The Duke Office of Global Affairs, Duke Global Health Institute, and the School of Medicine hosted a conversation this week centered around the global health challenges we currently face.
The event featured speakers A. Eugene Washington, chancellor for health affairs at Duke University and president and chief executive officer of the Duke University Health System, and Chris Beyrer, director of the Duke Global Health Institute and professor of medicine.
Throughout his career, Beyrer served as president of the International AIDS Society, an advisor to the U.S. President’s Emergency Plan for AIDS Relief and the HIV Vaccine Trials Network, among other organizations.
When the COVID-19 pandemic occurred, Beyrer pivoted to help run vaccine trials. He currently serves as a scientific liaison to the COVID-19 Vaccine Prevention Network.
Modern conflict and climate change
The world population will reach eight billion people this week, according to Beyrer. The population growth represents accomplishment in reducing infant mortality and increasing life expectancy, but overpopulation presents a new set of health-related challenges, he said.
“Eight billion people cannot live on this planet in the way that we are currently exploiting its resources, we will exhaust Earth's capacity to sustain our societies. And that's a function both of the overconsumption that is going on, but also these incredible inequalities, which have been sharply rising,” Beyrer said.
Beyrer emphasized that more privileged people have a moral obligation to mitigate the inequitable impact of overpopulation and overconsumption.
“The climate crisis is also a justice crisis, a social justice crisis. And it's a moral issue,” he said.
Beyrer also highlighted that devastating modern conflicts, especially the war in Ukraine, present challenges for public health.
“We have more displaced people with what's been happening with Russia and Ukraine, and a number of other conflicts which now have over 100 million internally or externally displaced people,” Beyrer said.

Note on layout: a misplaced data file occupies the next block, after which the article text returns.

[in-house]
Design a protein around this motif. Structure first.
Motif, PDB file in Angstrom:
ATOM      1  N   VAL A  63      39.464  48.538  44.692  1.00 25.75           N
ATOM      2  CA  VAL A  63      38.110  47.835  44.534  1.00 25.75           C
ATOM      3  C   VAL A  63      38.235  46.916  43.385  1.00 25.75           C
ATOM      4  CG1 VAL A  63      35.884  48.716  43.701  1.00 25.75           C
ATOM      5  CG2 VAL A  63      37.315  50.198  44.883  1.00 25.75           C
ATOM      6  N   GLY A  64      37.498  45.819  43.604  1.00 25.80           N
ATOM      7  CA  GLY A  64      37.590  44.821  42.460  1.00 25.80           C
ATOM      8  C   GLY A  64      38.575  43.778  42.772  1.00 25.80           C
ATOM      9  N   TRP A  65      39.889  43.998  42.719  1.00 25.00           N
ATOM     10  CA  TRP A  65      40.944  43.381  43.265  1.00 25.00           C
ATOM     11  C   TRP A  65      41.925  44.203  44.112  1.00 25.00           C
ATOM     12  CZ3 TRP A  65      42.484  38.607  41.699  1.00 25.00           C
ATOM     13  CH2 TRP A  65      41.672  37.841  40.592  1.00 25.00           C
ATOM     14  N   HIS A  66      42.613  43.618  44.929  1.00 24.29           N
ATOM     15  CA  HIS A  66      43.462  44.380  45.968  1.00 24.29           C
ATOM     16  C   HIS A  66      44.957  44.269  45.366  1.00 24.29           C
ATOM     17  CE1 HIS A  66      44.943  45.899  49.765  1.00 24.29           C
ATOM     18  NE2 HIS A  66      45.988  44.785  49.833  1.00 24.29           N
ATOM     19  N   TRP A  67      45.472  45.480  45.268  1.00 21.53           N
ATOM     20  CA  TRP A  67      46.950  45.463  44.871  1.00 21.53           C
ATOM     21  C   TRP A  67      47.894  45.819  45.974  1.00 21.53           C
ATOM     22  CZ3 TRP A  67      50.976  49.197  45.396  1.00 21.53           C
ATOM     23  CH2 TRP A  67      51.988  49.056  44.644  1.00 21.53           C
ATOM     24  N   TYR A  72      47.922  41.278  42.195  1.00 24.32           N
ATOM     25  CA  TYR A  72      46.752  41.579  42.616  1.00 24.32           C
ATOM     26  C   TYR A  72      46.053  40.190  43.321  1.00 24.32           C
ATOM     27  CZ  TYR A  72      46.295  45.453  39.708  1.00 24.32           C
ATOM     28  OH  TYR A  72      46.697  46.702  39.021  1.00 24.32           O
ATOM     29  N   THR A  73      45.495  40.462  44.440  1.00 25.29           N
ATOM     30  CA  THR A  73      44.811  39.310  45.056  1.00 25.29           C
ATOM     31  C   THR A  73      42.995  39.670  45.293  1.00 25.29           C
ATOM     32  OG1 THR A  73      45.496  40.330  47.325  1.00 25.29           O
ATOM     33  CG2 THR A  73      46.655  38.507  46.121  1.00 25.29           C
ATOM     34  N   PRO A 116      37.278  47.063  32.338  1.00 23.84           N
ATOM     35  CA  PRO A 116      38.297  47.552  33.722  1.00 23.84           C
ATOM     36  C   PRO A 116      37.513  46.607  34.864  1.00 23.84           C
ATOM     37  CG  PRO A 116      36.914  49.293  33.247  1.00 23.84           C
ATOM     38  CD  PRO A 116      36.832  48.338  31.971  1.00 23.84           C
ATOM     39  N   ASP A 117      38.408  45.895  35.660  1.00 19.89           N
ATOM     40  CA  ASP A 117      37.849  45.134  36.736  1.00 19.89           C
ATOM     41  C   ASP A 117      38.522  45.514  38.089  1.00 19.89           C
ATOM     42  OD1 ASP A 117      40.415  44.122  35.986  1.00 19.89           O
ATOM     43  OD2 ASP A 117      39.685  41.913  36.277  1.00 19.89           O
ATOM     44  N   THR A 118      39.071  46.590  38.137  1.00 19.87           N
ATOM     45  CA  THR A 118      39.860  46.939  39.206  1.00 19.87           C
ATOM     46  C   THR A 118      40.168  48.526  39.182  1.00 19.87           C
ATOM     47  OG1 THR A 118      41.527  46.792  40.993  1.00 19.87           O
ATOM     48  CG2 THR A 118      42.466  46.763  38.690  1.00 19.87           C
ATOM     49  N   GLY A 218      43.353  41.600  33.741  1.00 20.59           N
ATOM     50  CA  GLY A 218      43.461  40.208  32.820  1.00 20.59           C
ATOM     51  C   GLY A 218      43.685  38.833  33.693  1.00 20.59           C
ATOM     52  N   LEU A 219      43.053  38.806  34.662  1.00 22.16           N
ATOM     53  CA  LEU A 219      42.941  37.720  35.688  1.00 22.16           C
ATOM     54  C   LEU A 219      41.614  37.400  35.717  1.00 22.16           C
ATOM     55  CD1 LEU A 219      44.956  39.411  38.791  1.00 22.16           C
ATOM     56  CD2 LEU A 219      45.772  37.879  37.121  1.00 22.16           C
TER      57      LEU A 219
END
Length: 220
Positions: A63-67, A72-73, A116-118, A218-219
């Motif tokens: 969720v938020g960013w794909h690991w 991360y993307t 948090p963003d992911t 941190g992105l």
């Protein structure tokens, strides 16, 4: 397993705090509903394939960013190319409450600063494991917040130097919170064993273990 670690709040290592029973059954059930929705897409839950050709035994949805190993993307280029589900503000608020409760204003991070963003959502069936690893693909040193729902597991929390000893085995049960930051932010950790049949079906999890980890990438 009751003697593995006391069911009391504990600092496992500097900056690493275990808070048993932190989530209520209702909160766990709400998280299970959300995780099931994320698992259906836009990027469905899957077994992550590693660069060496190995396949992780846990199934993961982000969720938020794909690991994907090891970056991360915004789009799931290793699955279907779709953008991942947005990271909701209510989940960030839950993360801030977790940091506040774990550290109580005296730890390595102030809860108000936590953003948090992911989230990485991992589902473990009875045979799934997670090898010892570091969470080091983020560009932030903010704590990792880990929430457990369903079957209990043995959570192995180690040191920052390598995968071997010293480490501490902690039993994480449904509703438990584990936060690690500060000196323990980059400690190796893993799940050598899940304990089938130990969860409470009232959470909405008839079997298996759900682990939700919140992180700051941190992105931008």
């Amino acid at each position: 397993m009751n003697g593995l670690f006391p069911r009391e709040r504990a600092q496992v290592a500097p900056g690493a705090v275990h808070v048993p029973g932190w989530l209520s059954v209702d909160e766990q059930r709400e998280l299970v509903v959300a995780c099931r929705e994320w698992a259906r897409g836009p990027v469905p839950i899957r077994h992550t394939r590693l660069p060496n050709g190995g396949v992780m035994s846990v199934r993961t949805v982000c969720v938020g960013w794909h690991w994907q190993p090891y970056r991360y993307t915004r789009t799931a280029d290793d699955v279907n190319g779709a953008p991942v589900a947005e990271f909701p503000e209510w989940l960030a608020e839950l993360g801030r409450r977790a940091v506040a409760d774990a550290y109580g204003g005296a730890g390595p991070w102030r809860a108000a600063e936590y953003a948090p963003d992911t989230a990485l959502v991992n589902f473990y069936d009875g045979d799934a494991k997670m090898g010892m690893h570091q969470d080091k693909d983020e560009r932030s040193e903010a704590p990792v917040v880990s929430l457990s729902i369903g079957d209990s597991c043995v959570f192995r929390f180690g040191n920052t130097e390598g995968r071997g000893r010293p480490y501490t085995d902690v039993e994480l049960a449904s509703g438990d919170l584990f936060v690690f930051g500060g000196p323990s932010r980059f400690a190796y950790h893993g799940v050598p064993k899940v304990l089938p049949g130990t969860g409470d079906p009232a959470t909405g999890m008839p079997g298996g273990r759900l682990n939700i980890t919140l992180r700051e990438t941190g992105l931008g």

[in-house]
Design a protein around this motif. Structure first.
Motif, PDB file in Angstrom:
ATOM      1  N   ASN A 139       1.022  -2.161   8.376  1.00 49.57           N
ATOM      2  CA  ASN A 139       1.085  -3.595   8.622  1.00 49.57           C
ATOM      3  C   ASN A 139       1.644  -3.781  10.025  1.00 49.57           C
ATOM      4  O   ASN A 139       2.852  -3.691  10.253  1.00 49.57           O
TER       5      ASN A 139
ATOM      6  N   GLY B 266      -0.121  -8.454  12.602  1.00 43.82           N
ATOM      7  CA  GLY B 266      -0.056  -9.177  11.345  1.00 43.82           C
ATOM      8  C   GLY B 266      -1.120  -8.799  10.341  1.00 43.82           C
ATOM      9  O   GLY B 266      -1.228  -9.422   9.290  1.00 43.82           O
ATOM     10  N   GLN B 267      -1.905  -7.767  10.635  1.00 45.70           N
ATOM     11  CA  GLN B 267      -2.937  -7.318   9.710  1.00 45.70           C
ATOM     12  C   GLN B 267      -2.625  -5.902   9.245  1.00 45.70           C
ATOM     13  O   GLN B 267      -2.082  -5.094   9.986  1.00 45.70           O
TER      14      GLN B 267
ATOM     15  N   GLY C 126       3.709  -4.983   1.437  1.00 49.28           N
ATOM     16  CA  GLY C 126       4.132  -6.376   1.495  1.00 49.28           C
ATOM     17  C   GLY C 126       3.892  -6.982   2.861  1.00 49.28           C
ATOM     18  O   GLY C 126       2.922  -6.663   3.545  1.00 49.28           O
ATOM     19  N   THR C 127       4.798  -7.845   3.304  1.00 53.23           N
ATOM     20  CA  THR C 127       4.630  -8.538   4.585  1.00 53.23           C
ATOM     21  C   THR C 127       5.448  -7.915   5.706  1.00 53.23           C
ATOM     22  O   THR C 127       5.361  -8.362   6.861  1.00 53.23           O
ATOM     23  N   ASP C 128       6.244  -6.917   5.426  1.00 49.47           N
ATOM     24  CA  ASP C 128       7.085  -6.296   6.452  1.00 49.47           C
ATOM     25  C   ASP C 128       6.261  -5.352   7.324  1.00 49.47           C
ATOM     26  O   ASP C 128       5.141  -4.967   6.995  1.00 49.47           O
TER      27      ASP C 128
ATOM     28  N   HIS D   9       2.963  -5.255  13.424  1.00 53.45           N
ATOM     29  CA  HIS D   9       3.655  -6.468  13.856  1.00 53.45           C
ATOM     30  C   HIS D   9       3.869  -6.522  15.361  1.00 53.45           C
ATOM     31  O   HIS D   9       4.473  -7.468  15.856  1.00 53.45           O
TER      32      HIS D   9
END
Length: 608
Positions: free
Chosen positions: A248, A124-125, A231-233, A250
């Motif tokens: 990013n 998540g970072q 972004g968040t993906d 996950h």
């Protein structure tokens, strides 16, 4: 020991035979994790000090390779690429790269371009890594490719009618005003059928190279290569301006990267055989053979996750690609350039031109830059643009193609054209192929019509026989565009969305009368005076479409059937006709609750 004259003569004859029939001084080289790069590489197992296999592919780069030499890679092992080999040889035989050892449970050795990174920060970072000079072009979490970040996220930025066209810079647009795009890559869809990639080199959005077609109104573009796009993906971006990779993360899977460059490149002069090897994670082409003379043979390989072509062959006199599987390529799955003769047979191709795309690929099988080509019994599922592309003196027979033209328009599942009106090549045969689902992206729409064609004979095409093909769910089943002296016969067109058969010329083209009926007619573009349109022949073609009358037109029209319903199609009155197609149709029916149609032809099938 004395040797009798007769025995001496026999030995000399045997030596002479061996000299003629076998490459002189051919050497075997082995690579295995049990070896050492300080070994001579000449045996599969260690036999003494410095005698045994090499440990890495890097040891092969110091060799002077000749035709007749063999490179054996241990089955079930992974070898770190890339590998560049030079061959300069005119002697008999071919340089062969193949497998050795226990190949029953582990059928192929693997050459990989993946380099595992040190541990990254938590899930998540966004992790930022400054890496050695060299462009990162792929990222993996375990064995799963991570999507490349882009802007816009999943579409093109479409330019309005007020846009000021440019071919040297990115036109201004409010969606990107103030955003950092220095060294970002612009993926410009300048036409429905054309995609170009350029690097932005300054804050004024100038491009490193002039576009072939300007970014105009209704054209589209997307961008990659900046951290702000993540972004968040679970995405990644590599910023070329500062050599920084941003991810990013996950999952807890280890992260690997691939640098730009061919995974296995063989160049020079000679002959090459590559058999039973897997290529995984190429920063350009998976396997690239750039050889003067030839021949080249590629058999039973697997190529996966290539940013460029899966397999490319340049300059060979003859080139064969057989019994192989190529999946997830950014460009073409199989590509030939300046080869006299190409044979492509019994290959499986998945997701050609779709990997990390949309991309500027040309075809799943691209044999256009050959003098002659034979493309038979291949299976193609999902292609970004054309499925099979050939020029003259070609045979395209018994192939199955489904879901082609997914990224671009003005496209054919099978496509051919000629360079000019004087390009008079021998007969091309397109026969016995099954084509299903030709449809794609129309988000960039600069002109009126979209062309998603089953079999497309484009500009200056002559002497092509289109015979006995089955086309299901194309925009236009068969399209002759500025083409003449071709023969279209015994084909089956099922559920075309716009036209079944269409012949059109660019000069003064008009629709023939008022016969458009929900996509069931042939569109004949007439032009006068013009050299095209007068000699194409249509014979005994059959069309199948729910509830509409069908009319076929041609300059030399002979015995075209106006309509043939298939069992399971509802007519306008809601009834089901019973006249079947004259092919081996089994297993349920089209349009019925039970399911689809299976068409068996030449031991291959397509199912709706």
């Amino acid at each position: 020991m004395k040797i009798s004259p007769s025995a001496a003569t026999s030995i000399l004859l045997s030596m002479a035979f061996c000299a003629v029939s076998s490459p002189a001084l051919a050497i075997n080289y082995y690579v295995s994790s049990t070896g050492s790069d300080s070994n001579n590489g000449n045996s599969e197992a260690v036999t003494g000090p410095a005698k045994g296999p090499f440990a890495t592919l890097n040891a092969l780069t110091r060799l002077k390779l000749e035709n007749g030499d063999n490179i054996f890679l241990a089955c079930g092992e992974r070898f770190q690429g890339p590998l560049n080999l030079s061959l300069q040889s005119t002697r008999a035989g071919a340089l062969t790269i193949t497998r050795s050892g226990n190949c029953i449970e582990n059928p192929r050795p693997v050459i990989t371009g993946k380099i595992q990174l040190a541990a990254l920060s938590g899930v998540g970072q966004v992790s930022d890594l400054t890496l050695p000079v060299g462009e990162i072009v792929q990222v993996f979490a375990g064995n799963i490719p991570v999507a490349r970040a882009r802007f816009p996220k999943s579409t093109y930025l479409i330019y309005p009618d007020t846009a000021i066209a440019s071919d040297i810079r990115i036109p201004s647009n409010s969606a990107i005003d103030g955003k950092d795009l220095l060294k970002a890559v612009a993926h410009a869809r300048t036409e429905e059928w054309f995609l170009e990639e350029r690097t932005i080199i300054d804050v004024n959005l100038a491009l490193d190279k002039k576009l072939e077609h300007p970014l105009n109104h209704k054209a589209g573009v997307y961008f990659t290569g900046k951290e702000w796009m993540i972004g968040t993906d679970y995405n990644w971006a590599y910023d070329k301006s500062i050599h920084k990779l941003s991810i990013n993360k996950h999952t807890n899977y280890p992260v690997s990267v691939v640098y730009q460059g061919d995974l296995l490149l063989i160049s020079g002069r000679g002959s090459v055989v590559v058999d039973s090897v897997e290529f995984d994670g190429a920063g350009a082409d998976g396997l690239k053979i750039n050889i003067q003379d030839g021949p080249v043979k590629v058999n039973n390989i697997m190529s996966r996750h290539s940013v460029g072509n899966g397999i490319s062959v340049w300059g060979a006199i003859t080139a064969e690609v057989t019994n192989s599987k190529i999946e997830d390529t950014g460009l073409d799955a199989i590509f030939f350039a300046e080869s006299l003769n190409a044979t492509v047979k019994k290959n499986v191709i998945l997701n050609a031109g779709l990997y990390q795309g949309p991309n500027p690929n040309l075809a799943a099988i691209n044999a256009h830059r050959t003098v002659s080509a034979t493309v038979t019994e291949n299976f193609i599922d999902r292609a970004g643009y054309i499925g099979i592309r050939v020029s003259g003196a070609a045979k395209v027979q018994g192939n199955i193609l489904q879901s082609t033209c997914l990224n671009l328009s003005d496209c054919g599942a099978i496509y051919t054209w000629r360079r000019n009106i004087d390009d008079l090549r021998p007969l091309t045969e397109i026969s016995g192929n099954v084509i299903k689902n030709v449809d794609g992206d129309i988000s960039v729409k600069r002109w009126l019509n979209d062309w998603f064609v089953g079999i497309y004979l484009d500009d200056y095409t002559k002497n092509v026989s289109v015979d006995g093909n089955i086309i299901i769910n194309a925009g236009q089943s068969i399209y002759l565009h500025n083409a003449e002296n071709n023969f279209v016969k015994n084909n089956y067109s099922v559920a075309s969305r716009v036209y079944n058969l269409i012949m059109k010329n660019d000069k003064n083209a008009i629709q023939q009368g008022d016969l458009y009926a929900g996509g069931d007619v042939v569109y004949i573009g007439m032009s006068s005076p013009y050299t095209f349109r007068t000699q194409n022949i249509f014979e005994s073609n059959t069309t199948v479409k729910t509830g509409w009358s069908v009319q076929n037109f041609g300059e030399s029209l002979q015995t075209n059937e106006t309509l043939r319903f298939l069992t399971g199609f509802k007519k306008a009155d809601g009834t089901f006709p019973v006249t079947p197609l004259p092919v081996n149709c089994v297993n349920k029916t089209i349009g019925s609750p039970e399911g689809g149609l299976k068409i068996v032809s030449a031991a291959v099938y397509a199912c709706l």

According to Beyrer, conflict-driven displacement and climate-driven migration are incentivizing right-wing, populist and anti-immigrant governments. Beyrer warned that the policies presented by these governments are unlikely to provide long-term solutions to modern public health problems.
In this landscape, one of the largest challenges of public health is staying apolitical and retaining scientific objectivity, Beyrer said. Yet, public health officials must advocate for issues of equity, which some construe as “choosing sides” and undermining scientific objectivity.
Equity in COVID-19 vaccine trials
Beyrer noted the importance of the government’s investments in infrastructure and medical professionals towards developing the COVID-19 vaccine.
In his work in COVID-19 vaccine trials, Beyrer advocated for including racially and ethnically diverse test subjects that corresponded with the population. He also ensured that at least a quarter of people in the trials were over the age of 65, “because that’s who’s really getting sick with COVID.”
Beyrer argued that diversity was a medical, not political, issue.
“If we don’t achieve equity, we're going to have more problems with hesitancy and mistrust,” he said.
Following the rollout of the monkeypox vaccine, rates of monkeypox are decreasing. But the highest rates of monkeypox are among Black and Latinx gay or bisexual men, and the most at-risk populations were vaccinated at lower rates than their low-risk counterparts.
Beyrer argued that lower vaccination rates among at-risk populations can be a failure of public health messaging.
“Very often this is a failure of our public health system, such as it is to equitably distribute and get information out and reach communities that are lower resourced and have lower access to health information,” he said.
Among the public health challenges posed by climate change, war, COVID-19 and monkeypox, Beyrer believes that Duke and other academic institutions can play a central role in addressing these challenges.
In particular, Beyrer hopes that the University can work toward creating sustainable solutions that prioritize the needs of specific populations.
“The key concept for what we need to work on is the intersections between health and global health work that we do and sustainability — sustainable livelihoods and sustainable societies,” he said.
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Zoe Spicer is a Trinity sophomore and a staff reporter of The Chronicle's 118th volume.